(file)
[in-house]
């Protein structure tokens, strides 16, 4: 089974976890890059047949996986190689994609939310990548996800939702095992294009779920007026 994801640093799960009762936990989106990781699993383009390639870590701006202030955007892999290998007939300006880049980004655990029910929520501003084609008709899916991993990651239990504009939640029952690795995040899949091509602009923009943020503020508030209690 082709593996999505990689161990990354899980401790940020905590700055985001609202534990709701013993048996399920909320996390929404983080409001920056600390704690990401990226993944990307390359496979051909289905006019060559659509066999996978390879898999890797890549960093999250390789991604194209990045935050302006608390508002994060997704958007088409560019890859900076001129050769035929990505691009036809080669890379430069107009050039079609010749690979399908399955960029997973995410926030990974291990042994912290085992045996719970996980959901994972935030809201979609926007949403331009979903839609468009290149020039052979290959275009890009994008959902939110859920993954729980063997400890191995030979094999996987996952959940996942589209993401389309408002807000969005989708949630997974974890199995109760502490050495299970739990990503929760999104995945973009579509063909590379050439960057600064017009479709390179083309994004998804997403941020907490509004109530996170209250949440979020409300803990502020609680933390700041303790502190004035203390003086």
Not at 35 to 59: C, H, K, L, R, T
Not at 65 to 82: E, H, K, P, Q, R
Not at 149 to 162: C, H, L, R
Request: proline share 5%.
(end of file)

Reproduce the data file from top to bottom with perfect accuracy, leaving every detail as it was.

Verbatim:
[in-house]
């Protein structure tokens, strides 16, 4: 089974976890890059047949996986190689994609939310990548996800939702095992294009779920007026 994801640093799960009762936990989106990781699993383009390639870590701006202030955007892999290998007939300006880049980004655990029910929520501003084609008709899916991993990651239990504009939640029952690795995040899949091509602009923009943020503020508030209690 082709593996999505990689161990990354899980401790940020905590700055985001609202534990709701013993048996399920909320996390929404983080409001920056600390704690990401990226993944990307390359496979051909289905006019060559659509066999996978390879898999890797890549960093999250390789991604194209990045935050302006608390508002994060997704958007088409560019890859900076001129050769035929990505691009036809080669890379430069107009050039079609010749690979399908399955960029997973995410926030990974291990042994912290085992045996719970996980959901994972935030809201979609926007949403331009979903839609468009290149020039052979290959275009890009994008959902939110859920993954729980063997400890191995030979094999996987996952959940996942589209993401389309408002807000969005989708949630997974974890199995109760502490050495299970739990990503929760999104995945973009579509063909590379050439960057600064017009479709390179083309994004998804997403941020907490509004109530996170209250949440979020409300803990502020609680933390700041303790502190004035203390003086």
Not at 35 to 59: C, H, K, L, R, T
Not at 65 to 82: E, H, K, P, Q, R
Not at 149 to 162: C, H, L, R
Request: proline share 5%.